Restoring the operations of the Colonial Pipeline is now an all-hands-on-deck challenge, involving state and federal governments to jump in and find ways to manage the shortage, according to ongoing statements from the company’s website.

Deputy Secretary of the Department of Energy David Turk issued a video update on the actions the government is taking to handle the crisis, and encouraged citizens to refrain from panic-buying and flocking to the pumps. Instead, he highlighted three actions his department was taking to handle the matter:

  1.     Constant and continuing contact with Colonial Pipeline to help them get up and running to full restoration
  2.     Working with all U.S government agencies, such as the Department of Transportation, Environmental Protection Agency and the Department of Homeland Security and the FBI.
  3.     All decision-makers are updated with the latest information to mitigate supply challenges.

Turk ensured that the pipeline would be back in service soon, but in his message, he did not mention the ransomware attack on Colonial. He did, however, encourage citizens to report incidents of price-gouging to their state attorney general.

Government agencies like the Cybersecurity & Infrastructure Security Agency (CISA) have also been responding to this attack. In a statement to the press, Executive Assistant Director For Cybersecurity Eric Goldstein said:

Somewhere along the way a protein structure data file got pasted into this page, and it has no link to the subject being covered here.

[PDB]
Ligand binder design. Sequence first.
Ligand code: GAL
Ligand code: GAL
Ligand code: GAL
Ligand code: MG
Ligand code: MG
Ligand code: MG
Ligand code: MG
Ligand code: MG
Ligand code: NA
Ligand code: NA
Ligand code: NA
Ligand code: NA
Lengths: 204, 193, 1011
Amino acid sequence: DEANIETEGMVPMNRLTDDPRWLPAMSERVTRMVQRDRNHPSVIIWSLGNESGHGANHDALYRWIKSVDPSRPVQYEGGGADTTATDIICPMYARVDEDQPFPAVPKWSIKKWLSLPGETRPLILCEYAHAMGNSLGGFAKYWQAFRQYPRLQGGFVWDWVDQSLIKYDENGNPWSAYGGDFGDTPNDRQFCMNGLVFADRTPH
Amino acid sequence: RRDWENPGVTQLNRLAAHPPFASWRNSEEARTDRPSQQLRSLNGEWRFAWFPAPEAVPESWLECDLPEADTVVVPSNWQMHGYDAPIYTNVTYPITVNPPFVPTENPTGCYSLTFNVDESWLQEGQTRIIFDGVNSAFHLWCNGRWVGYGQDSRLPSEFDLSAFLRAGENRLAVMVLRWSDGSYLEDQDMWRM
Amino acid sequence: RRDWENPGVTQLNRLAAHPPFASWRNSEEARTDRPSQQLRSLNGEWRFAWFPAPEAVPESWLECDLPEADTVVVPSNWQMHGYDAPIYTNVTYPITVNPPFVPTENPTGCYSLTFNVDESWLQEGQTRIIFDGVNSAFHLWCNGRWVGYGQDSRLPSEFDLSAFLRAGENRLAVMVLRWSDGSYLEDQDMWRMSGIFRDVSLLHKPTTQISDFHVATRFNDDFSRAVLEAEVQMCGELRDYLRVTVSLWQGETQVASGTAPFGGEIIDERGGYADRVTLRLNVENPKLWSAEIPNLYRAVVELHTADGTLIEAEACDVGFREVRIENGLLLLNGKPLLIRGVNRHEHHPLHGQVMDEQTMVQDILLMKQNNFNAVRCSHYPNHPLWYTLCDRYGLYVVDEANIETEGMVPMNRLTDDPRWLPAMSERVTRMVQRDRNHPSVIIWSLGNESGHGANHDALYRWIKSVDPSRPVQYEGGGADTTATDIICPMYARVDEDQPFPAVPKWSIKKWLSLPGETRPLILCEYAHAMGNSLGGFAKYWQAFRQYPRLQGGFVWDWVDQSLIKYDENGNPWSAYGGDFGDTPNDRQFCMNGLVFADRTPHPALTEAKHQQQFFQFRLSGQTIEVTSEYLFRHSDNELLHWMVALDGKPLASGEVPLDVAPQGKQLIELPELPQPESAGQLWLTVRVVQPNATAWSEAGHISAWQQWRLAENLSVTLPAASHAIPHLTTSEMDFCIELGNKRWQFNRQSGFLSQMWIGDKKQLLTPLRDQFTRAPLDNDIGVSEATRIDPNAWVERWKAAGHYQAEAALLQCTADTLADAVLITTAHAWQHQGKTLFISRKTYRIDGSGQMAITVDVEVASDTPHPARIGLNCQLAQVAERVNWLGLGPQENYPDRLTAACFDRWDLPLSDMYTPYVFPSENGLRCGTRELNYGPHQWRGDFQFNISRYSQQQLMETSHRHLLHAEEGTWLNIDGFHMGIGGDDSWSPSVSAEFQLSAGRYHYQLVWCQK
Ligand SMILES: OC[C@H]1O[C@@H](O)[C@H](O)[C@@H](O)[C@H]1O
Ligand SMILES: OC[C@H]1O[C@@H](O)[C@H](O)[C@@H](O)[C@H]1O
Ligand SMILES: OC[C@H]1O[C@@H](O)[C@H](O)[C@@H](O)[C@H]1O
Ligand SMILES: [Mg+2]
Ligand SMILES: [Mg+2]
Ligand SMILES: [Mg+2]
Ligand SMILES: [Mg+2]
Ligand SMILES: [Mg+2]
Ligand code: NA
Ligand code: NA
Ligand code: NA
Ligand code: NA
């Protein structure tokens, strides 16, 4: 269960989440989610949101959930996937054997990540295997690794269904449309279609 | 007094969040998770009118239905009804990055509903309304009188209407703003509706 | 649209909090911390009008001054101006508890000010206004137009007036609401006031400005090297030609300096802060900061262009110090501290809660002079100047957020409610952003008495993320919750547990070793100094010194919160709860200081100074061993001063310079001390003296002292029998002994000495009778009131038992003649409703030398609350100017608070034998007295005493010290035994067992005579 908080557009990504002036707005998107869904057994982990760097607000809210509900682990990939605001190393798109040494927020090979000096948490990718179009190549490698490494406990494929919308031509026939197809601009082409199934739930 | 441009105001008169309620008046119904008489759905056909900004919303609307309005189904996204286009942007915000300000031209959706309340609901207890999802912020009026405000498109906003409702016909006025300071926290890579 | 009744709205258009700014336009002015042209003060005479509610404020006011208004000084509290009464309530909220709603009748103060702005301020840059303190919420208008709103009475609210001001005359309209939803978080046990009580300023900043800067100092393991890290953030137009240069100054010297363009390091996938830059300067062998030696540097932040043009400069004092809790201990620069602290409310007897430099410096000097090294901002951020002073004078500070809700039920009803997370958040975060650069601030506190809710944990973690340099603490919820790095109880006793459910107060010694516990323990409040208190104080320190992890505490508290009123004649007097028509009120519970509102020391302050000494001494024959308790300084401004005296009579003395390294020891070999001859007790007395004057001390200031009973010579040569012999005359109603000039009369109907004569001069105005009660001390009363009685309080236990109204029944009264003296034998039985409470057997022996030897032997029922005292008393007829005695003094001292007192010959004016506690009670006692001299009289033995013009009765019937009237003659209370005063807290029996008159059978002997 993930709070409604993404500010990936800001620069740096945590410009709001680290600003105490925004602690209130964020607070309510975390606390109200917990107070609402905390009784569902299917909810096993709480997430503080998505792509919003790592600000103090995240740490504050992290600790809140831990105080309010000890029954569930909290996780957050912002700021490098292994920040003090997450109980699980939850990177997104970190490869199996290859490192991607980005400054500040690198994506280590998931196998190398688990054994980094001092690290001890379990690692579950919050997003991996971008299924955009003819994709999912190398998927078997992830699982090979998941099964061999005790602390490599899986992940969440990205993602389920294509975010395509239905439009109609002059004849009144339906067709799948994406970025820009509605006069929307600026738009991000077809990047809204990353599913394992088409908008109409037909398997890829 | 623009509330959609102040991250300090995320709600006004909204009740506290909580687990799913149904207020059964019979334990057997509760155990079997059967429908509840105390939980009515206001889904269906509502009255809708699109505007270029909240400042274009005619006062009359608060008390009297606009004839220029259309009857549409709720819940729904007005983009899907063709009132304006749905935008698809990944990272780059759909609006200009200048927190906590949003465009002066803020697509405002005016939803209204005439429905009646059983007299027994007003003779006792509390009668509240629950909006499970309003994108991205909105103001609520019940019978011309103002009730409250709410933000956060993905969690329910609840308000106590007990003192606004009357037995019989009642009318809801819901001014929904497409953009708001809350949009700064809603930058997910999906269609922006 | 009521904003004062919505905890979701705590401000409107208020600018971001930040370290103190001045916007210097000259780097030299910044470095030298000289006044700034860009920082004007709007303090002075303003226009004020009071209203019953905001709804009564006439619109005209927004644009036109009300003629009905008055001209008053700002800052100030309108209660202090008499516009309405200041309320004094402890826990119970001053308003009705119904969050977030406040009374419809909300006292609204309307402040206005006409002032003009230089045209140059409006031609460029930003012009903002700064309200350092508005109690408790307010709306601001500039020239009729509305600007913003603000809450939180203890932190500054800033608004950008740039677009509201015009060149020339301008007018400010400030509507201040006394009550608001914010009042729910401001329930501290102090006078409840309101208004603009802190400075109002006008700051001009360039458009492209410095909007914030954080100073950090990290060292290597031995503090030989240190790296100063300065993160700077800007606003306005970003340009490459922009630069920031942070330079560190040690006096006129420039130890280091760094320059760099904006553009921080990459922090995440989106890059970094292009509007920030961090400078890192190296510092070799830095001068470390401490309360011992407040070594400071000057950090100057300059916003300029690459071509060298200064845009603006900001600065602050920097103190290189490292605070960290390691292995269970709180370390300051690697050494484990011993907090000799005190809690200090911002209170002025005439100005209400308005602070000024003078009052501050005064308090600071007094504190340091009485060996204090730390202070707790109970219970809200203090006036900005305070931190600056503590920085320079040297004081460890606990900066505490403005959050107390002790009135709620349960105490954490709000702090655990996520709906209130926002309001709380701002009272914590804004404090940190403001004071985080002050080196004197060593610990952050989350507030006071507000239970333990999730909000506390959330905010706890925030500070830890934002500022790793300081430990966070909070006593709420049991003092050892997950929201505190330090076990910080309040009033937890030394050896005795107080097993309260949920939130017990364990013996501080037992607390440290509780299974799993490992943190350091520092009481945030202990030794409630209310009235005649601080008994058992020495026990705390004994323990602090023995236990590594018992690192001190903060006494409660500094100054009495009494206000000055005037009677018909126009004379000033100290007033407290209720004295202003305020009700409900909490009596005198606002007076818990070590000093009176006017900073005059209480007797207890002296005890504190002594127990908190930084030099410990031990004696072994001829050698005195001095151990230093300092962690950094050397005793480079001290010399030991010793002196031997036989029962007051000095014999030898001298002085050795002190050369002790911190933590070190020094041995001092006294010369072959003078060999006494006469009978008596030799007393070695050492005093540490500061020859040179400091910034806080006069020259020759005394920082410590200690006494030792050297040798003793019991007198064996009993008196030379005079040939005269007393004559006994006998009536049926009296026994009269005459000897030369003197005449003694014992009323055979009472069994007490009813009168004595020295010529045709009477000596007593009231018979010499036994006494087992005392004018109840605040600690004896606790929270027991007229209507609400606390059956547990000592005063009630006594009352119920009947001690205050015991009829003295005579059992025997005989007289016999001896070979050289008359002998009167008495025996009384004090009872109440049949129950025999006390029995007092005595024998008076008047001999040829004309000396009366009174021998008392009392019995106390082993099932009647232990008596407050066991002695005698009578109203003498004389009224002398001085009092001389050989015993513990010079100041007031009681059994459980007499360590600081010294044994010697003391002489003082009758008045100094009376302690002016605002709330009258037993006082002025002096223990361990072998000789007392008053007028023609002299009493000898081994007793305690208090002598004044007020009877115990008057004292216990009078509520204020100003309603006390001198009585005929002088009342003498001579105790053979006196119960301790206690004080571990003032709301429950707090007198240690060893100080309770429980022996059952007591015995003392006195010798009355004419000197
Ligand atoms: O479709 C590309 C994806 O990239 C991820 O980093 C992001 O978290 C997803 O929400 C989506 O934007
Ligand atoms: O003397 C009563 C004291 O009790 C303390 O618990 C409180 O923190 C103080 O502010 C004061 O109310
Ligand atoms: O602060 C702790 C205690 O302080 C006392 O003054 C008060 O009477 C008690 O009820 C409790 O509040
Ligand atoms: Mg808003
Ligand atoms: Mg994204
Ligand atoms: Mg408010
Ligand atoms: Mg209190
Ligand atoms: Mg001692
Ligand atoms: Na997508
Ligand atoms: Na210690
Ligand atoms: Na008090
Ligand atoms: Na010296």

“We are engaged with the company and our interagency partners regarding the situation. This underscores the threat that ransomware poses to organizations regardless of size or sector. We encourage every organization to take action to strengthen their cybersecurity posture to reduce their exposure to these types of threats.”

The Federal Bureau of Investigation has also issued brief statements on the Colonial Pipeline ransomware attack, stating that on May 10, they found that the DarkSide ransomware group is responsible for the compromise of the pipeline’s networks. 

This was followed up with a CISA/FBI joint statement, which offered a list of mitigation steps to prevent similar attacks in other vulnerable organizations. These steps include:

  1. Require Multi-factor authentication
  2. Enable strong spam filters to prevent phishing emails from reaching end users
  3. Implement a user training program and simulated attacks for spearphishing
  4. Filter network traffic
  5. Update software
  6. Limit access to resources over networks, especially by restricting RDP
  7. Set antivirus/antimalware programs to conduct regular scans of IT network assets
  8. Implement unauthorized execution prevention by disabling macro scripts from Microsoft Office files, implementing application allowlisting, monitor/block inbound connections from Tor exit nodes and other anonymization services, and deploy signatures to detect/block inbound connection from Cobalt Strike servers.

Actions from the White House include an executive order that seeks to strengthen cyber defense, according to the New York Times. The order would set safety standards for all federal agencies and contractors with a zero-trust approach to all vendors. It also requires all vulnerabilities in their software to be reported to the government. 

That executive order would also include a cybersecurity incident review board (which the New York Times compares to the National Transportation Safety Board), which would be charged with reviewing major cyberattacks like the one on Colonial Pipeline.

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